Gray v. Social Security Administration
MEMORANDUM OPINION AND ORDER by Magistrate Judge Stephan M. Vidmar GRANTING 17 Plaintiff's Motion to Remand to Agency (am)
IN THE UNITED STATES DISTRICT COURT
FOR THE DISTRICT OF NEW MEXICO
DONNA C. GRAY, ex rel. her deceased son
Edmund Thomas Kulesza,
No. 17-cv-0418 SMV
NANCY A. BERRYHILL,
Acting Commissioner of Social Security Administration,
MEMORANDUM OPINION AND ORDER
THIS MATTER is before the Court on Plaintiff’s Motion to Reverse and Remand for a
Rehearing or for Immediate Payment of Benefits, with Supporting Memorandum [Doc. 17]
(“Motion”), filed on October 11, 2017. The Commissioner responded on December 11, 2017.
[Doc. 19]. Plaintiff replied on January 8, 2018. [Doc. 22]. The parties have consented to the
undersigned’s entering final judgment in this case. [Doc. 8]. Having meticulously reviewed the
entire record and being fully advised in the premises, the Court finds that the evidence of
Mr. Kulesza’s onset date is ambiguous and, thus, remand is required to obtain the testimony of a
medical advisor to assist in inferring the onset date. Accordingly, the Motion will be granted,
and the case will be remanded for further proceedings. See 42 U.S.C. § 405(g) (sentence four).
Standard of Review
The standard of review in a Social Security appeal is whether the Commissioner’s final
decision1 is supported by substantial evidence and whether the correct legal standards were
applied. Maes v. Astrue, 522 F.3d 1093, 1096 (10th Cir. 2008). If substantial evidence supports
the Commissioner’s findings and the correct legal standards were applied, the Commissioner’s
decision stands and the plaintiff is not entitled to relief. Langley v. Barnhart, 373 F.3d 1116,
1118 (10th Cir. 2004). Courts must meticulously review the entire record, but may neither
reweigh the evidence nor substitute their judgment for that of the Commissioner. Flaherty v.
Astrue, 515 F.3d 1067, 1070 (10th Cir. 2007).
“Substantial evidence is such relevant evidence as a reasonable mind might accept as
adequate to support a conclusion.” Langley, 373 F.3d at 1118. The decision “is not based on
substantial evidence if it is overwhelmed by other evidence in the record or if there is a mere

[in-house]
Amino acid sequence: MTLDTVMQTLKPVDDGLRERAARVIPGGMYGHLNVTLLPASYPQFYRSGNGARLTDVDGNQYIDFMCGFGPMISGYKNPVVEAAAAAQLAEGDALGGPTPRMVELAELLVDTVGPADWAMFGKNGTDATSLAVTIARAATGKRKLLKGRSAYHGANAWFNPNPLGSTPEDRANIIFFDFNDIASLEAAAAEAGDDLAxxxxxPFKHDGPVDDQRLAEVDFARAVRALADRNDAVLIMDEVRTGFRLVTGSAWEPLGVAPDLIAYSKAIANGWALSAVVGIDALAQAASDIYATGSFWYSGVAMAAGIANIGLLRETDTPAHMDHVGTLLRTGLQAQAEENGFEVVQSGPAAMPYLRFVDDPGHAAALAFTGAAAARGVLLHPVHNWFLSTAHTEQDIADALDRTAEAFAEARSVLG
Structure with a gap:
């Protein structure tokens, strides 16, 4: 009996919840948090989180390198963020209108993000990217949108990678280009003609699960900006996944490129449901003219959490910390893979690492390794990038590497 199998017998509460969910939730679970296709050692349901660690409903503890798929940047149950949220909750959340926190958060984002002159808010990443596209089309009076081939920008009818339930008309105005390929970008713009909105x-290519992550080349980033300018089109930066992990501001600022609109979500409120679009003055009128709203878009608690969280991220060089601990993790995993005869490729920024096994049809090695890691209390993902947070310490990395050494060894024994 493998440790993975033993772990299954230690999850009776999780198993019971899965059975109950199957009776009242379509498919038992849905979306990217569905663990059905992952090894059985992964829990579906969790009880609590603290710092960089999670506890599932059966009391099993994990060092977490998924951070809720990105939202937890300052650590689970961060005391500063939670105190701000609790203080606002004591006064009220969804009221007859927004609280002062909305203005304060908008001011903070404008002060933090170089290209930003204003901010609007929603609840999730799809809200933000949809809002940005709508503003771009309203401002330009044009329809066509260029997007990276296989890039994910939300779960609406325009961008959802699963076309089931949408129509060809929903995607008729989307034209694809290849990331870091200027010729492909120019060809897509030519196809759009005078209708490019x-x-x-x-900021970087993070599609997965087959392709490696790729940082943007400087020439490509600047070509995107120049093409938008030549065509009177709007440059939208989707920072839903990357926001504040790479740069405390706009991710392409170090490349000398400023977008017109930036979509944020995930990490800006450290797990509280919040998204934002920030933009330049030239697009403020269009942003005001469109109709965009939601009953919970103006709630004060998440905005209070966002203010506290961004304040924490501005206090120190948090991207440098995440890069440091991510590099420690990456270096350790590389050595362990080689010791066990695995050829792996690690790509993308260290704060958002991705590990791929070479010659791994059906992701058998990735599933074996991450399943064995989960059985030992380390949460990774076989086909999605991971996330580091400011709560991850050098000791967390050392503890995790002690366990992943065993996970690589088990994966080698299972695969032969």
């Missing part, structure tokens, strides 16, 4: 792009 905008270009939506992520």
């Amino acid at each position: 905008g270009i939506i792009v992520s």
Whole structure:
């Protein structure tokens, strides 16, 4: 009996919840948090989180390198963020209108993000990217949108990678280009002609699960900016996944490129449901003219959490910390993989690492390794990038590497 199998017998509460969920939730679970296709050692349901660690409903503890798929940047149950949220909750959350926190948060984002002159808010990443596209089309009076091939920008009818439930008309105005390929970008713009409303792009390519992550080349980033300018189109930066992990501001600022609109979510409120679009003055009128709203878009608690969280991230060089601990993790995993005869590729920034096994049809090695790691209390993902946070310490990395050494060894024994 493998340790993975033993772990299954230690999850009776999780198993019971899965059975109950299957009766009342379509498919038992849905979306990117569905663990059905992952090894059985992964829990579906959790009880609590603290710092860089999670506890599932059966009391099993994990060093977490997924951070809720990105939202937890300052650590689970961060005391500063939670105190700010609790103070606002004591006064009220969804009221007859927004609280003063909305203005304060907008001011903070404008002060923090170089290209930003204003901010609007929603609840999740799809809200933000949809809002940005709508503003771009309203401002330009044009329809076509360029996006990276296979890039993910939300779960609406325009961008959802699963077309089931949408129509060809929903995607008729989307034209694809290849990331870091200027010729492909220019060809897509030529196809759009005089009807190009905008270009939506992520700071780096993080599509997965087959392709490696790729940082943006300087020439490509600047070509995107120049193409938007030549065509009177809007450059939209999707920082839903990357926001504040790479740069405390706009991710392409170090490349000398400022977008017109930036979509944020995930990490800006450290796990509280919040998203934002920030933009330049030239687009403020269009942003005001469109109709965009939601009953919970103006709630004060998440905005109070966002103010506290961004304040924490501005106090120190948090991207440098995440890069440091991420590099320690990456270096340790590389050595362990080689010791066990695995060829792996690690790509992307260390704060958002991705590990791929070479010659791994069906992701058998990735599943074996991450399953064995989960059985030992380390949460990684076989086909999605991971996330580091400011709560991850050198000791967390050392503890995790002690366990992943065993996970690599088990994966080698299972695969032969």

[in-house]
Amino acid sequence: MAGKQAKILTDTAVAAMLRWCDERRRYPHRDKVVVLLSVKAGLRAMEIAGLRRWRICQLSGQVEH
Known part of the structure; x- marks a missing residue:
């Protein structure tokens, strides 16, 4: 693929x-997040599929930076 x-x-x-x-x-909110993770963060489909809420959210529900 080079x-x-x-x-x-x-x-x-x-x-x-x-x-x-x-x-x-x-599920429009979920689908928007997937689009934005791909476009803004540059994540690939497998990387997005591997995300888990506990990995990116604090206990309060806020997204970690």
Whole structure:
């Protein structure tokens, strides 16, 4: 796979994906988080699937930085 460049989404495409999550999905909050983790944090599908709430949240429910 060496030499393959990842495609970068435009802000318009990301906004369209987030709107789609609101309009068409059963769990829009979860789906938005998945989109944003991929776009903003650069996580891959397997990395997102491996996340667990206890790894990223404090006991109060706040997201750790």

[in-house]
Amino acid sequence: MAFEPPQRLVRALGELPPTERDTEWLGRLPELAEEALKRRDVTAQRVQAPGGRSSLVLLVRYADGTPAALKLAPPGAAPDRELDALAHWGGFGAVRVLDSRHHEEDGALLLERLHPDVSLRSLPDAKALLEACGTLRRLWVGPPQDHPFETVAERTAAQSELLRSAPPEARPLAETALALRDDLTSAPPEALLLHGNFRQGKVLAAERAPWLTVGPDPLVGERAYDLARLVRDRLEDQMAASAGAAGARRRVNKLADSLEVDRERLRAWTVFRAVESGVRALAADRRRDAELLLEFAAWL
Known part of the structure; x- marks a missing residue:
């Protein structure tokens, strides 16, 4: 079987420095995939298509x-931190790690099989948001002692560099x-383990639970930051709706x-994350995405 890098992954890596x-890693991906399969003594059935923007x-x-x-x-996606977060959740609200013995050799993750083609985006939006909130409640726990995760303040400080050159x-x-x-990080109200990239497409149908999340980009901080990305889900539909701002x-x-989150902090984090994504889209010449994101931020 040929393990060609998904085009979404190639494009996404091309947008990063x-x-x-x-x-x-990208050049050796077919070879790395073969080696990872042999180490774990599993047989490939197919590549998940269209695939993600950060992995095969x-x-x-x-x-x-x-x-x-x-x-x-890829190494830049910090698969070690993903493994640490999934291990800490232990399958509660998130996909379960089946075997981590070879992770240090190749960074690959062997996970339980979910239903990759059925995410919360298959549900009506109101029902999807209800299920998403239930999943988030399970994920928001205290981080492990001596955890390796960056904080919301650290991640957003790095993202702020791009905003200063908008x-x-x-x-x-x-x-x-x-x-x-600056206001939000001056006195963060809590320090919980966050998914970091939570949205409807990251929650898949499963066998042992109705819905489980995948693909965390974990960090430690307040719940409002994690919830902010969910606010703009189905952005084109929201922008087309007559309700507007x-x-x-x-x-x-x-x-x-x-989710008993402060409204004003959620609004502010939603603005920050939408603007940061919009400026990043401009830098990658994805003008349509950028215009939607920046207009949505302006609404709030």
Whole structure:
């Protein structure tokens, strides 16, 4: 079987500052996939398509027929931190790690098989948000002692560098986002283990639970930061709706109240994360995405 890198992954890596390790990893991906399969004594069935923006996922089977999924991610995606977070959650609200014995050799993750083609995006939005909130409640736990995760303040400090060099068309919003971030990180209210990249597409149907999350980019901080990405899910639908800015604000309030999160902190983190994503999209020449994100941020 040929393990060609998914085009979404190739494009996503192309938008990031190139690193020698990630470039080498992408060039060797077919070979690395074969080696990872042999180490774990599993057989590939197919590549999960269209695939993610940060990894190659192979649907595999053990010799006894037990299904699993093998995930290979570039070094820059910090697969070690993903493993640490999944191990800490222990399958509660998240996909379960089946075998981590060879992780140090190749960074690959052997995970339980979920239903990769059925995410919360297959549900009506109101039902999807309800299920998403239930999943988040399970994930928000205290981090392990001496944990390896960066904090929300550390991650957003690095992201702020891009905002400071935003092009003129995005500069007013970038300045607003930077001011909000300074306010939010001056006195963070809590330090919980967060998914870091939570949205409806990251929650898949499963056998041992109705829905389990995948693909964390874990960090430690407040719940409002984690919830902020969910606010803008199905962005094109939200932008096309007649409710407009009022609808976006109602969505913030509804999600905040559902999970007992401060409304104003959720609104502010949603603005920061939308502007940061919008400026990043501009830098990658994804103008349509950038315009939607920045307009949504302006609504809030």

scintilla of evidence supporting it.” Id. While a court may not reweigh the evidence or try the
issues de novo, its examination of the record as a whole must include “anything that may
undercut or detract from the [Commissioner]’s findings in order to determine if the substantiality
test has been met.” Grogan v. Barnhart, 399 F.3d 1257, 1262 (10th Cir. 2005). “The possibility
of drawing two inconsistent conclusions from the evidence does not prevent [the] findings from
being supported by substantial evidence.” Lax v. Astrue, 489 F.3d 1080, 1084 (10th Cir. 2007)
(quoting Zoltanski v. F.A.A., 372 F.3d 1195, 1200 (10th Cir. 2004)).
A court’s review is limited to the Commissioner’s final decision, 42 U.S.C. § 405(g), which generally is the ALJ’s
decision, 20 C.F.R. § 404.981. This case fits the general framework, and therefore, the Court reviews the ALJ’s
decision as the Commissioner’s final decision.
“The failure to apply the correct legal standard or to provide this court with a sufficient
basis to determine that appropriate legal principles have been followed is grounds for reversal.”
Jensen v. Barnhart, 436 F.3d 1163, 1165 (10th Cir. 2005) (internal quotation marks omitted).
Applicable Law and Sequential Evaluation Process
In order to qualify for disability benefits, a claimant must establish that he is unable “to
engage in any substantial gainful activity by reason of any medically determinable physical or
mental impairment which can be expected to result in death or which has lasted or can be
expected to last for a continuous period of not less than 12 months.” 42 U.S.C. § 423(d)(1)(A);
20 C.F.R. § 404.1505(a).
When considering a disability application, the Commissioner is required to use a five step
sequential evaluation process (“SEP”). 20 C.F.R. § 404.1520; Bowen v. Yuckert, 482 U.S. 137,
140 (1987). At the first four steps of the evaluation process, the claimant must show: (1) he is
not engaged in “substantial gainful activity”; and (2) he has a “severe medically determinable . . .
impairment . . . or a combination of impairments” that has lasted or is expected to last for at least
one year; and (3) his impairment(s) either meet or equal one of the Listings2 of presumptively
disabling impairments; or (4) he is unable to perform his “past relevant work.” 20 C.F.R.
§ 404.1520(a)(4)(i–iv); Grogan, 399 F.3d at 1261. If he cannot show that his impairment meets
or equals a Listing, but he proves that he is unable to perform his “past relevant work,” the
burden of proof then shifts to the Commissioner, at step five, to show that the claimant is able to
perform other work in the national economy, considering his residual functional capacity
(“RFC”), age, education, and work experience. Grogan, 399 F.3d at 1261.
20 C.F.R. pt. 404, subpt. P, app. 1.